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I am admittedly not at all good with CSS. I know there are similar questions and examples out there, but I haven't been able to make anything work with my example, despite plenty of trying. Your assistance is greatly appreciated.

Please take a look at this fiddle: http://jsfiddle.net/4h75G/2/

If you hover over the "Data1,1" cell in the bottom table, it automatically expands to show the entire cell contents. However, what I would like to be able to do rather than have it expand on hover is instead be able to click one time to expand the cell, and then click a second time to contract/collapse it back to its original state. I would like to do this with only CSS and no Javascript.

Thanks!

HTML:

        <table>

    <tr>
    <th>Column1</th>
    <th>Column2</th>
    <th>Column3</th>
    </tr>

    <tr>
    <td>Data1,1</td>
    <td>Data2,1</td>
    <td>Data3,1</td>
    </tr>

    <tr>
    <td>Data1,2</td>
    <td>Data2,2</td>
    <td>Data3,2</td>
    </tr>

    <tr>
    <td>Data1,3</td>
    <td>Data2,3</td>
    <td>Data3,3</td>
    </tr>

    </table>
    </br>
    <table>

    <tr>
    <th>Column1</th>
    <th>Column2</th>
    <th>Column3</th>
    </tr>

    <tr>
    <td><div class="content"><span class="hidden">Data1,1 first line - this is a kind-of long line
    <br/>Data1,1 second line - this is a kind-of long line too
    <br/>Data1,1 third line
    <br/>Data1,1 fourth line</span>
    </div>
    </td>
    <td>Data2,1</td>
    <td>Data3,1</td>
    </tr>

    <tr>
    <td>Data1,2</td>
    <td>Data2,2</td>
    <td>Data3,2</td>
    </tr>

    <tr>
    <td>Data1,3</td>
    <td>Data2,3</td>
    <td>Data3,3</td>
    </tr>

    </table>

CSS:

    body,table{
        font-family:verdana,arial,sans-serif;
        font-size:12px;
        border-collapse:collapse;
    }

    td,th{
        padding:3px 3px;
        margin:0px;
        border:1px solid #BBB;
        white-space:nowrap;
    }

    .content{
        height:15px;
        width:100px;
        overflow:hidden;
        text-overflow:ellipsis
    }

    .content:hover{
        height:auto;
        width:auto;
    }
share|improve this question
    
If you want to bind this to click events only you may be stuck doing this with Javascript. –  Crackertastic Oct 17 '13 at 20:27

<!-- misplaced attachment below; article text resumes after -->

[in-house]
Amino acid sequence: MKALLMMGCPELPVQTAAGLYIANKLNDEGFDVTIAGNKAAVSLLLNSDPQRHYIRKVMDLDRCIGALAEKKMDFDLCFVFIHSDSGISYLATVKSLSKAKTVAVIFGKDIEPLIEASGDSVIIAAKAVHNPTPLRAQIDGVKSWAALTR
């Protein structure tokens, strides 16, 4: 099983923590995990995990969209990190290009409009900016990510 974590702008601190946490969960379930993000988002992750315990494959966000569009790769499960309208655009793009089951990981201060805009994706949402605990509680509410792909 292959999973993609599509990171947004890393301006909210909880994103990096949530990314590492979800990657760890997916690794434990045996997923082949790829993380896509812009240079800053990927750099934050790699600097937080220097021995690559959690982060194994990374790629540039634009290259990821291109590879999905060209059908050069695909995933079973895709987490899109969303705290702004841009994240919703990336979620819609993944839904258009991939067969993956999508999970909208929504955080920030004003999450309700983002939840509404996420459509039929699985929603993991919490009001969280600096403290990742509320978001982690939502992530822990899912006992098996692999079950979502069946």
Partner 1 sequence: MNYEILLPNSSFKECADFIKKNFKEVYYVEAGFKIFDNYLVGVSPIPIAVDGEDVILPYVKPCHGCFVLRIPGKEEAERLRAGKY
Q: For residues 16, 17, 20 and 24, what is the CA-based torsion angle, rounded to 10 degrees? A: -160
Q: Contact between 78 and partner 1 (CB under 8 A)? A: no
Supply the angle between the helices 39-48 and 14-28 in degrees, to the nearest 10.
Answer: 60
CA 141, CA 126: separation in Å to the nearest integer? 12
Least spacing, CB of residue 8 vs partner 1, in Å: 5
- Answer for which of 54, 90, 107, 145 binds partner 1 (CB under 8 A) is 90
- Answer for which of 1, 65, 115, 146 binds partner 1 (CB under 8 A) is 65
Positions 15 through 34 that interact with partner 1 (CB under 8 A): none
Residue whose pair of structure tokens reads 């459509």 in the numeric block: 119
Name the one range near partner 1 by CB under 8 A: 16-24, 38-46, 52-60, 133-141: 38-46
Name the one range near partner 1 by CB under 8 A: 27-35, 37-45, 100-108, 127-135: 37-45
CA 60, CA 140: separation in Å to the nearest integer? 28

This is not possible with pure CSS. The only way this could be done is by using the :target pseudo class (and that will only let you expand, not contract) or by abusing the checked status of a hidden radio element. Using JavaScript is the correct, semantically pure way of doing this. –  cimmanon Oct 17 '13 at 20:29
    
@cimmanon - I think it might be ok if I'm only able to expand without contracting the cell. Perhaps you can show how this would work? Thanks. –  dizzy.stackoverflow Oct 17 '13 at 20:38
    
css-tricks.com/on-target –  cimmanon Oct 17 '13 at 20:48

3 Answers 3

up vote 1 down vote accepted

You might achieve something like that without script by fiddling with hidden css-elements that can keep state (such as a checkbox), but I think you are much better off doing this by simply toggling a class in script.

If you wrap you .content in a label, prepend a checkbox and hide it like this:

input[type='checkbox'] { visibility: hidden; position: absolute; }
input[type='checkbox']:checked + .content { height: auto; width: auto;}

You can achieve what you want, but it is damn ugly. See http://jsfiddle.net/4h75G/13/ for an example of this dubious practice applied to your example.

share|improve this answer
    
Awesome! What about this is dubious? Hiding the checkbox? Or just the entire concept is bad? Do you think this will be problematic in any browsers or email client HTML rendering engines? –  dizzy.stackoverflow Oct 17 '13 at 20:44
1  
It is an abuse of the concepts at least:) It is better to do behaviour in the script, keep the presentation in CSS (also, older IE‘s won‘t read the :checked pseudo-selector) and keep the markup free of all elements that does not pertain to structure/content. If you toggle a class name like active or expanded on the content you want to show, you get a much more intuitive separation. –  tobi Oct 17 '13 at 20:51

I think you can not do it without javascript.

With jQuery it can be made like here - http://jsfiddle.net/4h75G/12/

$(".content").click(function(){
    $(this).toggleClass('active');
});
share|improve this answer
    
Even though in my question I stated that I would like to do this in pure CSS, I would still be interested in seeing how it's done with Javascript, so I thank you for providing this example. However, unfortunately it does not work in either Firefox or Chrome. :( –  dizzy.stackoverflow Oct 17 '13 at 20:42
    
Just change .content:hover in your CSS to .active :) –  tobi Oct 17 '13 at 20:45
    
Thanks :) That's slightly closer but still has issues: jsfiddle.net/4h75G/28 –  dizzy.stackoverflow Oct 17 '13 at 20:53
2  
Like this: jsfiddle.net/4h75G/29 (not .content:active, but .active) –  tobi Oct 17 '13 at 20:54
    
Yes! I'm sorry I didn't catch that. Of course that makes sense and does work. Thanks! –  dizzy.stackoverflow Oct 17 '13 at 20:56

I am using this:

<td><a href='#' onclick="$('#elDiv').slideToggle(200);return false;">+</a></td>

.slideToggle() documentation

Hope this helps!

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